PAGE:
We cannot verify your location
Browse Book and Journal Content on Project MUSE
OR
title

Getting Ahead

Social Mobility, Public Housing, and Immigrant Networks

Silvia Dominguez, 0, 0

Publication Year: 2011

Published by: NYU Press

Front Matter

pdf iconDownload PDF (51.6 KB)
 

Contents

pdf iconDownload PDF (53.6 KB)
pp. v-

read more

Acknowledgments

pdf iconDownload PDF (65.6 KB)
pp. vii-viii

This book would have never been possible without all my friends and respondents in East and South Boston. I am extremely thankful for the hundreds of hours they allowed me to spend with them and their families. In the interest of confidentiality, I cannot divulge their names, but I thank them all. I am also thankful for the guidance and constructive criticism of my dissertation ...

read more

Introduction

pdf iconDownload PDF (106.6 KB)
pp. 1-10

We woke up on September 11, 1973, an early spring day, to the radio broadcasts describing troop movements all over Chile. My parents had been working for several years against the far Right, an elite influence in Chile, and were at that time working with President Allende. My mother cofounded and directed a party based on liberation theology, and my father, ...

read more

1. Social Flow

pdf iconDownload PDF (825.4 KB)
pp. 11-44

Inherent in this cultural ideology is a strong and highly willed individual agency that is free from the effects of structural barriers. This ideology supports the notion that the poor are to blame for their condition, but researchers have found that structural barriers can inhibit social mobility and that their influence is powerful, depending on the intersectionality of race, class, and gender. Yet, the dream continues to ...

read more

2. The Neighborhoods

pdf iconDownload PDF (146.7 KB)
pp. 45-64

Despite their proximity and geographic similarities, South Boston and East Boston are distinctive neighborhoods that have been largely shaped by different histories of immigration. South Boston is best known as a tightly bonded and defended Irish American neighborhood, whereas East Boston is best known as a receiving neighborhood that has integrated various ...

read more

3. Social Support and Family Life

pdf iconDownload PDF (519.4 KB)
pp. 65-102

As this epigraph demonstrates, Josefa has an outstanding capacity to negotiate social relationships. She is a first-generation Afro-Honduran immigrant mother who lives in public housing in South Boston with her husband, Alberto, and their three children—Katrina, Yolanda, and Albertito. Josefa has very dark skin, is of average height and weight and wears her hair ...

read more

4. Leverage-Based Social Positioning

pdf iconDownload PDF (201.1 KB)
pp. 103-119

I asked Lisa about it, and she said, “He is jealous of you; he thinks that you are spending too much time with me.” I initially interpreted his reaction as being proper for an only child, a nine-year-old boy, with a single mother. But with time, I realized how much Martin’s reaction said about Lisa. Lisa is a woman who gives a lot and gets little in return, who wants to be accepted but seldom is, and whose identity ...

read more

5. Family and Work Support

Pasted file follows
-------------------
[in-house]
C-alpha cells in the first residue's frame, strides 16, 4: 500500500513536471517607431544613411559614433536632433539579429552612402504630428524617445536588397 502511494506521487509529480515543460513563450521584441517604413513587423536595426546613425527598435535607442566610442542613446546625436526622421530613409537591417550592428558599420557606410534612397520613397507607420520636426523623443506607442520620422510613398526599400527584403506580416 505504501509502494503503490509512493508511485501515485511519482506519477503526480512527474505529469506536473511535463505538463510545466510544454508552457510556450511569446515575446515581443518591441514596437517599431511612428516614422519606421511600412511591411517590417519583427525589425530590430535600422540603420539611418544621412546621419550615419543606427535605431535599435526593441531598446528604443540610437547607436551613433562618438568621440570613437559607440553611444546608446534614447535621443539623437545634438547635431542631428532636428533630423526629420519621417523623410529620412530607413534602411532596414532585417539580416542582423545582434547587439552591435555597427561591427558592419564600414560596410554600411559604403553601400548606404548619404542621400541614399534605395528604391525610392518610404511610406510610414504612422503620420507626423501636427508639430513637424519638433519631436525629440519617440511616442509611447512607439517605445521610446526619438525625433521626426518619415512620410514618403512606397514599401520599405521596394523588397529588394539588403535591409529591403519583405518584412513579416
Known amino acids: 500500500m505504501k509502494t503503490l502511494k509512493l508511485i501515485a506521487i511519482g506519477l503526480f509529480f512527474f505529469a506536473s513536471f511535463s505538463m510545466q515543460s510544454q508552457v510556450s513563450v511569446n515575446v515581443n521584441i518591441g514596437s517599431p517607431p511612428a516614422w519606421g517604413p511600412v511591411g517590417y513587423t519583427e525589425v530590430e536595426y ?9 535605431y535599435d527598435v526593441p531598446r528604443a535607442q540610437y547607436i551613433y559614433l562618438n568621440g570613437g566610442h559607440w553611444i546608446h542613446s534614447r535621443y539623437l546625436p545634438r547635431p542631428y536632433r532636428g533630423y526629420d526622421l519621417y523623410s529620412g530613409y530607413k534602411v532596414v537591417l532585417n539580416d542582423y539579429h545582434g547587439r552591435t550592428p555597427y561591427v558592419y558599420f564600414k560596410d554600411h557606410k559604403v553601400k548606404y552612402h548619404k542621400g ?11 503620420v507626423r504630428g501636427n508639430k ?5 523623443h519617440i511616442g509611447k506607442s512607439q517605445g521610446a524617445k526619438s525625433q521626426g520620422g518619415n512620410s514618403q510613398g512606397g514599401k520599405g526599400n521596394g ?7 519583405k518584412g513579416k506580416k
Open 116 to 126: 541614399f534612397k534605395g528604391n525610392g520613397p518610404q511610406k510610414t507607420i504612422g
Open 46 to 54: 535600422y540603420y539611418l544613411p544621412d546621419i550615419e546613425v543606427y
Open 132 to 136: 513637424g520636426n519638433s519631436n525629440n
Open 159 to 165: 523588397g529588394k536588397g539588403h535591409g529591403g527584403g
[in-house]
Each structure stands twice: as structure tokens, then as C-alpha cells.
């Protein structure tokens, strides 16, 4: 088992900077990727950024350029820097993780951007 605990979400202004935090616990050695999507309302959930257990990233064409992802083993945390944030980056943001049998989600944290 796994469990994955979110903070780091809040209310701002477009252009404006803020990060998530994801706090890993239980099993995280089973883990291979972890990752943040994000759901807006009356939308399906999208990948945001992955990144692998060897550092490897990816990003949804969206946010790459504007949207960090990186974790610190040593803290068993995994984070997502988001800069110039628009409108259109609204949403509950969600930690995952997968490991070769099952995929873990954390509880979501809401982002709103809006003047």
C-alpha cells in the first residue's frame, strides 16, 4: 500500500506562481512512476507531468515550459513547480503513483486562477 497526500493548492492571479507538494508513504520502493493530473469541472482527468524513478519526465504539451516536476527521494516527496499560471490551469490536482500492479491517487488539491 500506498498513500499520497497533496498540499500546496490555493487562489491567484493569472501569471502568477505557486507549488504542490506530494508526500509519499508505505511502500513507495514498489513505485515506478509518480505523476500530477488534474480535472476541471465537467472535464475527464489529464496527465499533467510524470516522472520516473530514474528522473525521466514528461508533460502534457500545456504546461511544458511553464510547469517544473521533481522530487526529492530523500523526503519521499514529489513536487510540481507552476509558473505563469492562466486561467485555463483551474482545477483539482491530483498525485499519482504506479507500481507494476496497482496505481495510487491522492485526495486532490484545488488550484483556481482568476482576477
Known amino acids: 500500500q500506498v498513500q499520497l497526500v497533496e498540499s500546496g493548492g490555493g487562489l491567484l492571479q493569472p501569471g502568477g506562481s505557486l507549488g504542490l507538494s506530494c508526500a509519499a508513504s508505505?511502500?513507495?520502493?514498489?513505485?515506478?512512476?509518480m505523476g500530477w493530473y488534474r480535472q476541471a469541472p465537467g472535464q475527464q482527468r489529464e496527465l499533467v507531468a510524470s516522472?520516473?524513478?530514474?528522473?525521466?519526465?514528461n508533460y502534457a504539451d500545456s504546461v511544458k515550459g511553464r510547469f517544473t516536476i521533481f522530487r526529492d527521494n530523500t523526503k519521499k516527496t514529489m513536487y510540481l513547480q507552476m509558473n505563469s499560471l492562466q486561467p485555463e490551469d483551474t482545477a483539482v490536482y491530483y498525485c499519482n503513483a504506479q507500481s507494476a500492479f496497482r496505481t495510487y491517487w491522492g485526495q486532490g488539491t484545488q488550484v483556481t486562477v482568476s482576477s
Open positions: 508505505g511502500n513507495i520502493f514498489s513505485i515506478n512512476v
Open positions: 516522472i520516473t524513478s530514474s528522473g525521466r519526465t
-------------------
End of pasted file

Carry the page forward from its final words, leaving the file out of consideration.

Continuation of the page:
pdf iconDownload PDF (370.4 KB)
pp. 120-151

This quotation is from Camila, whom I initially met when she was eighteen years old. As I began to write this chapter, she answered an e-mail I sent asking how she was doing. It had been more than a year since we last communicated, and I was pleased by her quick response. Camila is happy and stable, but she is also saving money to buy a condominium and continues ...

read more

6. When Social Positioning Is Not Enough

pdf iconDownload PDF (431.8 KB)
pp. 152-184

In this statement, Marta, a twenty-four-year-old second-generation Puerto Rican mother of two, demonstrates the difficulty of retelling traumatic events. She is not able to say “domestic violence,” and she conveys the helplessness of a child who witnesses violence. Marta, like many others who are traumatized, does not normally talk about her trauma, and in this ...

read more

7. When Intervention Is Necessary

pdf iconDownload PDF (317.8 KB)
pp. 185-207

Marcela, a first-generation Puerto Rican mother of one, provides a window into patriarchal control dynamics that include violence against women becoming normative and serving to diminish the drive and imperil the lives of women, leaving them traumatized. This normalization of gendered violence is prevalent in many societies, and it is ignored ...

read more

8. Immigrant Networks

pdf iconDownload PDF (142.7 KB)
pp. 208-226

This chapter brings together the stories that embody the Social Flow framework, explores the dynamics that restrict the framework, such as gendered roles and homophobia, explains how transnational dynamics facilitate the framework, and discusses the relevance of assimilation theories to social mobility. I also apply the framework to domestic and international migration ...

Notes

pdf iconDownload PDF (87.1 KB)
pp. 227-234

References

pdf iconDownload PDF (169.1 KB)
pp. 235-258

Index

pdf iconDownload PDF (85.1 KB)
pp. 259-268

About the Author

pdf iconDownload PDF (34.5 KB)
 


E-ISBN-13: 9780814721216
E-ISBN-10: 0814721214
Print-ISBN-13: 9780814720776
Print-ISBN-10: 0814720773

Page Count: 288
Publication Year: 2011

Research Areas

Recommend

UPCC logo

Subject Headings

  • Political refugees -- Chile.
  • Chileans -- United States.
  • Immigrants -- Social networks -- United States.
  • Acculturation -- United States.
  • Social mobility -- United States.
  • You have access to this content
  • Free sample
  • Open Access
  • Restricted Access